At any rate, SOTO had two songs and that's all we had. We were scheduled to play a gig in a local town for some guy's birthday along with a few other bands. 50 dollars for an hour of work is always nice. The only problem was that we needed at least three songs. I remember it being unbearably hot and we were in Kyle's garage fucking around with the instruments and Steve pulled out this awesome riff. It was just a really cool sound. Really rough and agressive but kind of angst-ridden. It sounded like a mental ward to me. I couldn't think of a damn thing to go with it until I was at home that night. I hadn't thought of anything except for writing some lyrics to those chords since we had closed up the garage. 

It was 10 at night and I was scribbling on my memo pad like a mad man. I called Steve and he didn't think that the lyrics would fit the chords. "They don't sound like they fit at all, man. Can you change them?"

"Just play the song for me tomorrow and I'll show you, dude."

They fit perfectly. It was about an addict and some other stuff, but the song itself was too short. We needed a bridge or breakdown or something so I said "Danny, why don't you play a bass riff and no one but Kyle will play, then I'll sing and after a few measures everyone else will come back in?"

My Mind was written. It was complete. We only had the opportunity to practice it three times before we played that night, but we had three songs. Even if we blew the whole thing, they had to pay us.

I always get nervous in front of a crowd. I'm very personable and charismatic [some say egotistical] in person one on one, but on stage I am sweating bullets and awkward. Movement is the key. If you keep on moving no one will be able to notice that you're scared out of your mind. That night I didn't just move, I was singing and mosh pitting at the same time. It was an awesome rush of adrenaline straight to my veins and I was sold. It was the best concert at that point that I had played and I had given up any other dream than being a rockstar. The limelight was it.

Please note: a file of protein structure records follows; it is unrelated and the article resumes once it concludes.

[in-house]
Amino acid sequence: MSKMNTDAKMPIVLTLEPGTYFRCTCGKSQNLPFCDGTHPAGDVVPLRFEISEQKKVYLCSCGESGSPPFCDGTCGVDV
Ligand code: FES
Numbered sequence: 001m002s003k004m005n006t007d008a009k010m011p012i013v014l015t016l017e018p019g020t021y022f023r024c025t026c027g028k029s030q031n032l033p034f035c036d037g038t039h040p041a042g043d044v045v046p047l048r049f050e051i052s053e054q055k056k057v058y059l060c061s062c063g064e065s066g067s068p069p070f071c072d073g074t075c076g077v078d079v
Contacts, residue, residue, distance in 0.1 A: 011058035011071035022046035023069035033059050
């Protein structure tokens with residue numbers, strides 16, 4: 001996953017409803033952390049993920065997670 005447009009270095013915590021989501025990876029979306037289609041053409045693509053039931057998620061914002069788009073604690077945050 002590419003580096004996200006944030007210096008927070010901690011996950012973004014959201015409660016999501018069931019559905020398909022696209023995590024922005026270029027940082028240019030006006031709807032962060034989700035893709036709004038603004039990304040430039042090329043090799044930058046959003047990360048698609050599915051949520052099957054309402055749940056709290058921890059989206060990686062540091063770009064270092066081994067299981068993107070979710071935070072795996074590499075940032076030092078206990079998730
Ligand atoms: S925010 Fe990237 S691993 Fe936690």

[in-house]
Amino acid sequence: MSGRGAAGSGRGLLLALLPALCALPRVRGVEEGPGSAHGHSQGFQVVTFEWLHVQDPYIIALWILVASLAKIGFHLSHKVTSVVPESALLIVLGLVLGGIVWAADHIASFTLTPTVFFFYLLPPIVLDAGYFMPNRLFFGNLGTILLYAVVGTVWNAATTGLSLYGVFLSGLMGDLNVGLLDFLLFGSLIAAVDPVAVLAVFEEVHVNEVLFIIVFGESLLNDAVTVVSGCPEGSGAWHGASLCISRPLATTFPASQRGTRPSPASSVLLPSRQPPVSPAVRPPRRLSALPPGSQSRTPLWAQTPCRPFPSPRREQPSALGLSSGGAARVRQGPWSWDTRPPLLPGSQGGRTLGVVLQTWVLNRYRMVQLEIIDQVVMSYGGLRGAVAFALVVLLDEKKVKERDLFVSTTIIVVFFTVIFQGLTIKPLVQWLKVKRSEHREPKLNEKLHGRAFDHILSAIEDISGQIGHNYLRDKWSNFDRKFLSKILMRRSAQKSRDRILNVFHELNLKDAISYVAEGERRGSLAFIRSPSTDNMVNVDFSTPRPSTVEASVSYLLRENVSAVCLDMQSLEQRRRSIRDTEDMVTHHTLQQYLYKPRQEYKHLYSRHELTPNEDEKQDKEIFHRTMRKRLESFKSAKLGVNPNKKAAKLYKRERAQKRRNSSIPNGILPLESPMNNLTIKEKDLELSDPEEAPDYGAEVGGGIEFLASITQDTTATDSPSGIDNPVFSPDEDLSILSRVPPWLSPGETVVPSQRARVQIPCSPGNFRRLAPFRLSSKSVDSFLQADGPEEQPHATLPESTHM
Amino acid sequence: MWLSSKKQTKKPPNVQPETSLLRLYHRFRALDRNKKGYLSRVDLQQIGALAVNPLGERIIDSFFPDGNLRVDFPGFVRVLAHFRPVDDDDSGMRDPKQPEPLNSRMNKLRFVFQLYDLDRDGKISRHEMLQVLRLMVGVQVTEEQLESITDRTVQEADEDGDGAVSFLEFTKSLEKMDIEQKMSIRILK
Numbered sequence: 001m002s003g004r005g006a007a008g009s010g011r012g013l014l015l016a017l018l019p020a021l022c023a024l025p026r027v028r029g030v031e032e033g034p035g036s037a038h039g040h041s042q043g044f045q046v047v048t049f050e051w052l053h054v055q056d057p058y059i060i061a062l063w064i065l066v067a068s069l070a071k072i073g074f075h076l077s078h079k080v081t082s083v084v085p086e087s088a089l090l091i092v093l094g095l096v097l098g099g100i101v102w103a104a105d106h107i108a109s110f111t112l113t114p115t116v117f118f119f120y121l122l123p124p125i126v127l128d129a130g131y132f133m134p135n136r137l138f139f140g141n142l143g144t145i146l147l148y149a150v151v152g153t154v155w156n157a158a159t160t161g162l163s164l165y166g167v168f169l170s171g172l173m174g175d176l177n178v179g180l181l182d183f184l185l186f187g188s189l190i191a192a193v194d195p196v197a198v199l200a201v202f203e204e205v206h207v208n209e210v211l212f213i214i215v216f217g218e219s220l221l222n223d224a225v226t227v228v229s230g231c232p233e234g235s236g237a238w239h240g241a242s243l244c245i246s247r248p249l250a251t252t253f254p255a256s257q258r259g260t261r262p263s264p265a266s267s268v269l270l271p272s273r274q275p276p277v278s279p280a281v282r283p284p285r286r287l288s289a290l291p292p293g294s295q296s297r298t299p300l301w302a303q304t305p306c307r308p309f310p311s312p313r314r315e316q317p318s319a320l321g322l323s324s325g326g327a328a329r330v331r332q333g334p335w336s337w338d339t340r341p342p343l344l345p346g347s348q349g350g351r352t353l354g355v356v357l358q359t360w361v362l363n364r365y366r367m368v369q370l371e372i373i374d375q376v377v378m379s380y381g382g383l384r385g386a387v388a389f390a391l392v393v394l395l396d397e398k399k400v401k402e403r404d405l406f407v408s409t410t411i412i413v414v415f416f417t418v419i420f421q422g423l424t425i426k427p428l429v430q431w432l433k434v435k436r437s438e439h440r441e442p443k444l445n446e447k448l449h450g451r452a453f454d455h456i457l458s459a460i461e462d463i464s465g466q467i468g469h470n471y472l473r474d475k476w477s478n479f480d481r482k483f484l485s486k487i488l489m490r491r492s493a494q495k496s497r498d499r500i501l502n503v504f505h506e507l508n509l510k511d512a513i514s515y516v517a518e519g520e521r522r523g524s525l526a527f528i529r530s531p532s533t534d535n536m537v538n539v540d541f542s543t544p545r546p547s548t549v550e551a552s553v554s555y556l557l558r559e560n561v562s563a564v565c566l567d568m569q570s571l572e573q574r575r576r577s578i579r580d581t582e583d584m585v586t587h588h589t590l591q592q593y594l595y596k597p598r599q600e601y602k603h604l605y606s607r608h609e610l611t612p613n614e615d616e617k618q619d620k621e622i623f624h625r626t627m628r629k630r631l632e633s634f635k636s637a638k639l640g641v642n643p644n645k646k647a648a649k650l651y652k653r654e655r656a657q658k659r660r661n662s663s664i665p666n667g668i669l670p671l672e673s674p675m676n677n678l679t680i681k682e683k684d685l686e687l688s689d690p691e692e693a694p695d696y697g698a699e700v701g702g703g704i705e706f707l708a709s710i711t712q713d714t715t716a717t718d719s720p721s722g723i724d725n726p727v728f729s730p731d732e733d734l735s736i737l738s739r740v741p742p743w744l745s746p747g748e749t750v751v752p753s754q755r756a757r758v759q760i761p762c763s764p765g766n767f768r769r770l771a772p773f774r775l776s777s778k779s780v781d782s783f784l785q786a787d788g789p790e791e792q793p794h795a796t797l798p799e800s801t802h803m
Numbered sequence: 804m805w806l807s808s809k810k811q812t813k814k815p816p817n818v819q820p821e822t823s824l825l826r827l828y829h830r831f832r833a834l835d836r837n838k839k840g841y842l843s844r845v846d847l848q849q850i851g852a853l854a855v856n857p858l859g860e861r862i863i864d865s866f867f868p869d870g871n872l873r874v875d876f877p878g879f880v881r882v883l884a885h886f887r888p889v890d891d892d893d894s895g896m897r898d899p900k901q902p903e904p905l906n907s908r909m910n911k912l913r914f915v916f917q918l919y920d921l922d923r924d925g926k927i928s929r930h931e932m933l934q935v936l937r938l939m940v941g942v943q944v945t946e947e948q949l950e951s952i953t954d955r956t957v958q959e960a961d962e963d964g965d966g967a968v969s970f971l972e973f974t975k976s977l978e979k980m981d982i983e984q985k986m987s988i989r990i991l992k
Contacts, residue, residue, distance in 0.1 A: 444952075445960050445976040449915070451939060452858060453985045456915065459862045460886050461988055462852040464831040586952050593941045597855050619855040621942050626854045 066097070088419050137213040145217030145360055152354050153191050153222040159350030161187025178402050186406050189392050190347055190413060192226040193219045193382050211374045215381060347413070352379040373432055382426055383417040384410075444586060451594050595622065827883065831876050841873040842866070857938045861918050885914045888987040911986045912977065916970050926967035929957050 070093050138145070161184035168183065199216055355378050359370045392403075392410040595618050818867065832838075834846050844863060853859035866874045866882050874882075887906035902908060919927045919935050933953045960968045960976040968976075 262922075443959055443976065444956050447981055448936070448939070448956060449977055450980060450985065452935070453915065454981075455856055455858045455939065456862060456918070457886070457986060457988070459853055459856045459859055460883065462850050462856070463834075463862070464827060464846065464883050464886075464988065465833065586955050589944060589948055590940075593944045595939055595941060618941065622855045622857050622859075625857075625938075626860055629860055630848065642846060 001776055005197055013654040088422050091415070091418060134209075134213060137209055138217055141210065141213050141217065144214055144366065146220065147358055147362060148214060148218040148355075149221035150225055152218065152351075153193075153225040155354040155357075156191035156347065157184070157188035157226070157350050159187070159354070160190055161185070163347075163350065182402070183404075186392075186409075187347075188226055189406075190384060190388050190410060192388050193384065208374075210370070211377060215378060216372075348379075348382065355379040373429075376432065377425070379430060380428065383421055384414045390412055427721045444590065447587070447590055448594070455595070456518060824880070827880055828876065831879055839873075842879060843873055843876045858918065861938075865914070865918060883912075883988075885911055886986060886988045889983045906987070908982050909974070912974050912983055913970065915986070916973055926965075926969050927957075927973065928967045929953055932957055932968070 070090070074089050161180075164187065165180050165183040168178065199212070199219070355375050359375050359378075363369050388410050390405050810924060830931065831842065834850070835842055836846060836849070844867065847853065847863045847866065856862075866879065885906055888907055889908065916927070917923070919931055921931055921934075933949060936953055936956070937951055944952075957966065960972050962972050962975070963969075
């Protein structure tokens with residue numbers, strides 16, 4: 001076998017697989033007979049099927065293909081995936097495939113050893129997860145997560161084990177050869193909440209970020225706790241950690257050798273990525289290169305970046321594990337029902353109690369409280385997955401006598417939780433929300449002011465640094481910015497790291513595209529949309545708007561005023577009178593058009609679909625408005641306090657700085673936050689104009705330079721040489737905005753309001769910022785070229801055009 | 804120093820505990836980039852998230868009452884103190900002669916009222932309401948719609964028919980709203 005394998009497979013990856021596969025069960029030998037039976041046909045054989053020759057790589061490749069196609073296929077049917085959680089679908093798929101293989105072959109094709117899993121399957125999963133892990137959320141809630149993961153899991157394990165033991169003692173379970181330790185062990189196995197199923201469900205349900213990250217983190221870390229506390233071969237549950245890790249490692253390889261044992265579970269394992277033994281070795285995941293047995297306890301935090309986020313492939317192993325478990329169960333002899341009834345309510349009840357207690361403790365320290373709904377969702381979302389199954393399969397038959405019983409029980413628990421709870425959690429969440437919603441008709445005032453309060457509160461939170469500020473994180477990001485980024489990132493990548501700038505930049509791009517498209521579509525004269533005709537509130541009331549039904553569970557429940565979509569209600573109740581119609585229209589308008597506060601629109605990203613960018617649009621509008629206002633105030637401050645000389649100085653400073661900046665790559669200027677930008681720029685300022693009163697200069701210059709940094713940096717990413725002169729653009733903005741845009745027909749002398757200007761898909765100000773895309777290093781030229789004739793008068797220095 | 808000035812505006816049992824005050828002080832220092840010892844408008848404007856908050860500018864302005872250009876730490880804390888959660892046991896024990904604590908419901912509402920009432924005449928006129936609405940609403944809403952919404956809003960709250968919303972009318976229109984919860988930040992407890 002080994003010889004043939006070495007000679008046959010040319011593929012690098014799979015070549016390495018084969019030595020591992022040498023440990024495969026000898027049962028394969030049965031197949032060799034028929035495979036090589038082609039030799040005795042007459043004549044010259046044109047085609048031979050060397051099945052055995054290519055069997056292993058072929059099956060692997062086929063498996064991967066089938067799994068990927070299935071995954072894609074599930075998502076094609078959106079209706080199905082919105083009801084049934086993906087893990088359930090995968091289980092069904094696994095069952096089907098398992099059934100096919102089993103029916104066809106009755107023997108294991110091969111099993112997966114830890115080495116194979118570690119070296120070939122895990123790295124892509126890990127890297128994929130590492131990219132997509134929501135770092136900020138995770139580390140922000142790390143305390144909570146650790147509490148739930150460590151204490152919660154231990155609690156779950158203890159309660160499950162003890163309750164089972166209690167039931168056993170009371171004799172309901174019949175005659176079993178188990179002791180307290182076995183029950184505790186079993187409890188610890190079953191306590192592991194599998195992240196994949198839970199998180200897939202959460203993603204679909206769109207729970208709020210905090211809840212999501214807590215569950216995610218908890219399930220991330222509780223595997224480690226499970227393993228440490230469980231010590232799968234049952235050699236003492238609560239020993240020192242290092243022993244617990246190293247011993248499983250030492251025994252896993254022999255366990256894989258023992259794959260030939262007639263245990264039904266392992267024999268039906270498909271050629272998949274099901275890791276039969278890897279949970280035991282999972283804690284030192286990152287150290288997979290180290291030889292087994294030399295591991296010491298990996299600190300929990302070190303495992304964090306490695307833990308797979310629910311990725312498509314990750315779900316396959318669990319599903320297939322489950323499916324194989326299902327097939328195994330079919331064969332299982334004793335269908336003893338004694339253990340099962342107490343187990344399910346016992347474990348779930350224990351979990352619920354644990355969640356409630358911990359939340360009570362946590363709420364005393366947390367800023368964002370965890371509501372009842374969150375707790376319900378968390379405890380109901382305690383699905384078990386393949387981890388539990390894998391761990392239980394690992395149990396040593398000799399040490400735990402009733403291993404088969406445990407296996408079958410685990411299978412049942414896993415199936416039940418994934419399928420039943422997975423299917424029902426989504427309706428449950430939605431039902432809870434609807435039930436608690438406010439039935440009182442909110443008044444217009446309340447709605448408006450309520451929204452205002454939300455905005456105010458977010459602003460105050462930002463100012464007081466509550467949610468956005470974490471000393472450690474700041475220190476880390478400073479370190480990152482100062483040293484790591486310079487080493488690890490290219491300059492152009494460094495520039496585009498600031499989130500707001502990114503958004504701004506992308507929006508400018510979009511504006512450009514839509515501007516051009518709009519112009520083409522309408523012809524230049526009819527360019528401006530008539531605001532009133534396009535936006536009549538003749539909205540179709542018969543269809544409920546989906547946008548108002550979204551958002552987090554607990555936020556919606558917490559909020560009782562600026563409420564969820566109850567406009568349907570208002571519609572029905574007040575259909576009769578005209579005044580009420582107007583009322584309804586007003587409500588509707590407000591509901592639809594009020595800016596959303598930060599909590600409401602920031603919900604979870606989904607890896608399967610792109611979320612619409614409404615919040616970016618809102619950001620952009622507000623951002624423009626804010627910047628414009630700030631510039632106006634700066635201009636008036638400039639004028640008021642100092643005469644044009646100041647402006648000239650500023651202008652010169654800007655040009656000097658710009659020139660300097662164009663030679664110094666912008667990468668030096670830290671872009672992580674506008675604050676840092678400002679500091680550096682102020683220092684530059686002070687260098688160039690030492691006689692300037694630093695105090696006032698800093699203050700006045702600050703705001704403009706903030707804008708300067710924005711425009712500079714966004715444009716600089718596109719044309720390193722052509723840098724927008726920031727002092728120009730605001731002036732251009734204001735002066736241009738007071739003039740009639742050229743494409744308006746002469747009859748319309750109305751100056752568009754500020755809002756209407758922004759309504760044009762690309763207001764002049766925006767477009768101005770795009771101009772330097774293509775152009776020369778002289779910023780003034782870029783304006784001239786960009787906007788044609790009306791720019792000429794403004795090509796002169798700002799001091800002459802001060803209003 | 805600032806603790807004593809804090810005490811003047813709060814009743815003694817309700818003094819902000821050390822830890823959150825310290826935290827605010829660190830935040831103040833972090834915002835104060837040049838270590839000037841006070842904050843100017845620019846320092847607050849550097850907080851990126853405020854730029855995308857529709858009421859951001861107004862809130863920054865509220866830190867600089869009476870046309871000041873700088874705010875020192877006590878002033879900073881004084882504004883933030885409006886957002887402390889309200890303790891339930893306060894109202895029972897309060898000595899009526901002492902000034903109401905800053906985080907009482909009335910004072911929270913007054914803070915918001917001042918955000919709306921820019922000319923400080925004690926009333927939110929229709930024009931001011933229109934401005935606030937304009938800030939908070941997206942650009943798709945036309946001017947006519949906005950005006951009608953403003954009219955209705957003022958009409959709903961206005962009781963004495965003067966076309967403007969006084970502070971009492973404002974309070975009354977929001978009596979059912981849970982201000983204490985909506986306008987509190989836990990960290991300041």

After a few more shows with SOTO, we had a falling out. Some bullshit about a girl, probably, I can't remember now. Jake and I were like oil and water and we argued quite a bit. I gave them an ultimatum: Him or me. They chose him and I went away. Stopped playing for a while. They got a new vocalist who wouldn't sing, but scream everything and changed the lyrics to My Mind and wrote a couple other songs. I started playing with a band in another town and had a few shows which were good, but the music was different. They were more into Pantera than I was and I just couldn't get with it, but they were all the best musicians I've ever played with. I quit. 

SOTO asked for me back and I did. I caved. I forgave Jake to an extent and I came back. That was the summer before my Junior year and I was tired of living in a small town. I was tired of getting watched like a character out of 1984 by the teachers because there were so few students that the ones dressing different who didn't play sports were singled out. It felt like shit. I felt like shit. So I left and went to a school not too far away but with many many more students and sought to attempt total anonymity. Still, people noticed me, but it wasn't a bad thing. They were generally nicer in the bigger school and I had a lot of friends and I was comfortable there. I went to a load of parties and we played a ton more concerts because of the new people I had met. Steve set us up some gigs in even bigger cities and we played for up to 400 people on some occassions. We made a CD and sold about 300 hundred copies [some are even still in circulation around here] and people even had our ringtones on their phones. It was definitely taking off in a big way. I just went a little too far down the rabbit's hole.